Aughnacliffe native Jim Curran at an earlier Black Lives Matter protest in London
Aughnacliffe native, Jim Curran, recently addressed a rally of 30,000 Black Lives Matter supporters in London’s Hyde Park.
Mr Curran outlined the racism meted out to Ireland and the Irish.
Responding to comments on the Black Lives Matter campaign, Mr Curran pointed out that “the Irish Famine holocaust was the first holocaust”, described as such by Michael Davitt, Irish Land League Leader in 1903, and again in his book in 1904.
“The former Sinn Féin Lord Mayor of Cork, Terence McSweeney, wrote a play in 1910 called The Holocaust,” Mr Curran explained.
He went on to say that the worst of all the holocausts was “the slavery holocaust”, in which over 20 million black people died, and that it lasted for several hundred years.
“The suffering that black people endured was the most horrible of all suffering,” he said. He outlined other holocausts, including the Congo Holocaust, in which 10 million black people died between 1891 and 1911, and which was exposed by Irish Republican, Roger Casement.
He also mentioned the Armenian Holocaust and the Bengal Holocaust, in which four million people died, and from which he said Winston Churchill diverted away 100,000 tonnes of rice from a starving people, and also several other holocausts.
His statement that “slavery was a holocaust” went viral, securing international publicity.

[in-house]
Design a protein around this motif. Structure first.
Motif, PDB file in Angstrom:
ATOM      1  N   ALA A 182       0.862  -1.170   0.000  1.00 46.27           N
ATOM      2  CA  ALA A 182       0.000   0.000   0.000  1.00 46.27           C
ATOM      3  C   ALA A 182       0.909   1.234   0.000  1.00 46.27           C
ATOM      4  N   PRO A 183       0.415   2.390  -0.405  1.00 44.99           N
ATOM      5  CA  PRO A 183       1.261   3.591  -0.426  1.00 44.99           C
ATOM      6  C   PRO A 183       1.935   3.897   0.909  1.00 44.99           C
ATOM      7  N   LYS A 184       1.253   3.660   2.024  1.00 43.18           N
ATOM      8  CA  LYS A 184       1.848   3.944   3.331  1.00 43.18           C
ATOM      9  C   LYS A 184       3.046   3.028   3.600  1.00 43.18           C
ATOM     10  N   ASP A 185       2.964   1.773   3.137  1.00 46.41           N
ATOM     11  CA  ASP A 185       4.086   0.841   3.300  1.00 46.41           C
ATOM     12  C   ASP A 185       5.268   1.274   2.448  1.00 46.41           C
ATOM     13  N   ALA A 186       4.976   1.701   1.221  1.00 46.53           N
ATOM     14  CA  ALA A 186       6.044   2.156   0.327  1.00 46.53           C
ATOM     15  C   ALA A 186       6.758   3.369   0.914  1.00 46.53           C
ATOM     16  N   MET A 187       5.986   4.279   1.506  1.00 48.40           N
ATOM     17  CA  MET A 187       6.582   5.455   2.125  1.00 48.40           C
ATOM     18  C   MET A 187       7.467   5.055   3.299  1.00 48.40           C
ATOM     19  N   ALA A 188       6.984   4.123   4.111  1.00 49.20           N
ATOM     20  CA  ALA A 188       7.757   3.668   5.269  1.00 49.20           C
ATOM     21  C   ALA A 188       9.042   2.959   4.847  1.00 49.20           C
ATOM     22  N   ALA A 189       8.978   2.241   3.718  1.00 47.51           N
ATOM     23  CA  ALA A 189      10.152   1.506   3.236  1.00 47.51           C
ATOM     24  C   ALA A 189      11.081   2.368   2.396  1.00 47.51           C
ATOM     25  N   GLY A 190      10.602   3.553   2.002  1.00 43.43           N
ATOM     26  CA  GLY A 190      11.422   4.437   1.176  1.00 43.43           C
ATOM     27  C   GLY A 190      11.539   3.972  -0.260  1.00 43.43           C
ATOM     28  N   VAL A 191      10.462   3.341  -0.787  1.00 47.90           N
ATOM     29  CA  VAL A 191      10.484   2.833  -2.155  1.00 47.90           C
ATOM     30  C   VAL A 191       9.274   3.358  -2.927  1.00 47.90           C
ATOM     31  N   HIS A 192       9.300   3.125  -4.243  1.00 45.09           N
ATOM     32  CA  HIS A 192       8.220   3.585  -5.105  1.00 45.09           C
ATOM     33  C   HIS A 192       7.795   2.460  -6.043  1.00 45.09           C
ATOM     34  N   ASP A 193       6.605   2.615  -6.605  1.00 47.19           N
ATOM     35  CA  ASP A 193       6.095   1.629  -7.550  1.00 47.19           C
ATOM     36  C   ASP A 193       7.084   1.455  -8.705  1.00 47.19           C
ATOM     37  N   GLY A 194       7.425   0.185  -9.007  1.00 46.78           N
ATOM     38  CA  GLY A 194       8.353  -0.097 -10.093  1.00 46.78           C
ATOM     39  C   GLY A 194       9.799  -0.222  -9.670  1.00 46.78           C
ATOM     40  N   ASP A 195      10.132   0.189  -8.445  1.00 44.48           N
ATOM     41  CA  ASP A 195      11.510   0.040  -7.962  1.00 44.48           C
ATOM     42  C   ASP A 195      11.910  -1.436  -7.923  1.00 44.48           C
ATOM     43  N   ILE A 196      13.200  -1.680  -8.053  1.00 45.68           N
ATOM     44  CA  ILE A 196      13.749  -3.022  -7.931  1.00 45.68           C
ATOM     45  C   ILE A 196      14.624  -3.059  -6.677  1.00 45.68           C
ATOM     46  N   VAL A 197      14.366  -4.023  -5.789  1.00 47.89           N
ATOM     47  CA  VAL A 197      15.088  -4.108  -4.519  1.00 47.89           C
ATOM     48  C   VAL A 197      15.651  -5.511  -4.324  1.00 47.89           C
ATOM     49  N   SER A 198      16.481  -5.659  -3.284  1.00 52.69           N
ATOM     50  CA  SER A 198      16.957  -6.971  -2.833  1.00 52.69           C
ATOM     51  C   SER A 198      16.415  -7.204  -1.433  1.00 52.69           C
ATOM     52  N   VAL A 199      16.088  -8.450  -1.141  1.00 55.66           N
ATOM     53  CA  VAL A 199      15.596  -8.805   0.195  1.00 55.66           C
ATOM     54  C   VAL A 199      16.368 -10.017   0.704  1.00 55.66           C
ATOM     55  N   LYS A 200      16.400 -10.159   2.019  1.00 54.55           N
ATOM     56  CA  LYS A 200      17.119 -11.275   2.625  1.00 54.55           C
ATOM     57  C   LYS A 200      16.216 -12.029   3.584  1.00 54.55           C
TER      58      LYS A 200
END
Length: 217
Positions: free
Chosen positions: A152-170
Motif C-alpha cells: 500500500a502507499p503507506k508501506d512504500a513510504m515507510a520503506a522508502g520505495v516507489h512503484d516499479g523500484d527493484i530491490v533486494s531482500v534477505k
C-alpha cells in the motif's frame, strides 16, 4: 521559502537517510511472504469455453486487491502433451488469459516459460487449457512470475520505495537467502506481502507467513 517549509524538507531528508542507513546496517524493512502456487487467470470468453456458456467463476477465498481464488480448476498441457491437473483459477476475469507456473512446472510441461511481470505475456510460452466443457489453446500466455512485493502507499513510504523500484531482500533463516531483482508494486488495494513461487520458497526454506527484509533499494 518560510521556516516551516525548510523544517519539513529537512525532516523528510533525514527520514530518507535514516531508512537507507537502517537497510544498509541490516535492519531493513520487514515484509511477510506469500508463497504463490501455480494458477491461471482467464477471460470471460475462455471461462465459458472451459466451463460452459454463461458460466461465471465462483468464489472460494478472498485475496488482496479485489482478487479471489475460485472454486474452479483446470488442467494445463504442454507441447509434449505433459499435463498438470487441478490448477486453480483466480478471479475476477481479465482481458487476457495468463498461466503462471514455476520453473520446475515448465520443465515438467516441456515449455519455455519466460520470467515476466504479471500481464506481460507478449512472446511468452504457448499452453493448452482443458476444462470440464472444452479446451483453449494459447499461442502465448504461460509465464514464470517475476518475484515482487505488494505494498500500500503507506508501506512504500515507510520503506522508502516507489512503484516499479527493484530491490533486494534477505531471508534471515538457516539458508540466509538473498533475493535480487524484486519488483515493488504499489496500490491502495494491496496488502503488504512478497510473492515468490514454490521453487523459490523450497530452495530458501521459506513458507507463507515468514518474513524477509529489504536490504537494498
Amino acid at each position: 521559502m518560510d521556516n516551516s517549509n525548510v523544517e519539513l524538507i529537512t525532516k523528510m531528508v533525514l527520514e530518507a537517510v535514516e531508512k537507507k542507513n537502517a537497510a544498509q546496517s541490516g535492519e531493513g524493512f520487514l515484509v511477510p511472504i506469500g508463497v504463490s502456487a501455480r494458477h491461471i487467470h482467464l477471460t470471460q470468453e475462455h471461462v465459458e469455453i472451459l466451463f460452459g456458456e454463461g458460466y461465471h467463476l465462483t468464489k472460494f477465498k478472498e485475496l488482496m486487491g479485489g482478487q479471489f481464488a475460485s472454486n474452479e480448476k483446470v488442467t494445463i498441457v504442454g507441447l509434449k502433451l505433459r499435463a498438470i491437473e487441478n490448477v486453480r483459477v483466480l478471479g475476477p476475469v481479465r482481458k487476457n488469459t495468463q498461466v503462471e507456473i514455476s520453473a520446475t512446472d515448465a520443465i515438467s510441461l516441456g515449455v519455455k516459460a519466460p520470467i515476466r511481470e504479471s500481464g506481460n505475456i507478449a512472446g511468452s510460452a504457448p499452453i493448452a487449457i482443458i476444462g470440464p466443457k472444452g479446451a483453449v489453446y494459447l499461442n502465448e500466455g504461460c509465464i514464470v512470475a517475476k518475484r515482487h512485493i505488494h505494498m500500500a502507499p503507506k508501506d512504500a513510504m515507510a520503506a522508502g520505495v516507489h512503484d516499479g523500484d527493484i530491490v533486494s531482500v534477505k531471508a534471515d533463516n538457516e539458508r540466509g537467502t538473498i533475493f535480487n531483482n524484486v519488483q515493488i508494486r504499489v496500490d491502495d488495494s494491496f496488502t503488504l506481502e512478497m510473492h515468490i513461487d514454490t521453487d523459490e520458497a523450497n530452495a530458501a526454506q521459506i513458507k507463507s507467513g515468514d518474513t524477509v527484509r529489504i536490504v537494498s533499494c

Leading British historian, Dr David Starkey, in an interview with Tory, Darren Grimes, and broadcast on J-TV, when asked on Mr Curran’s Black Lives Matter statement, said, “slavery was not genocide, otherwise there wouldn’t be so many blacks in Africa or Britain, would there?”
Responding to these comments, Mr Curran said, “I could not believe that Starkey would make such a racist statement.
“I did 34 interviews on international radio and TV stations about his remarks.”
Mr Curran was one of the oldest participants in the rally and he appeared to all the young people attending the rally to campaign in a peaceful, lawful and democratic way and not to get engaged in any form of violence.
“I appreciated the support from Longford people,” said Mr Curran, who is a former London correspondent for this paper.
“I received hundreds of messages of support from readers of the Longford Leader from Australia, Canada, New Zealand, South Africa, the United States of America, Ireland, the UK and even from Belgium, Spain and France.
“It is wonderful to know that a small paper in a remote county in the middle of Ireland has such an international connection and interest.”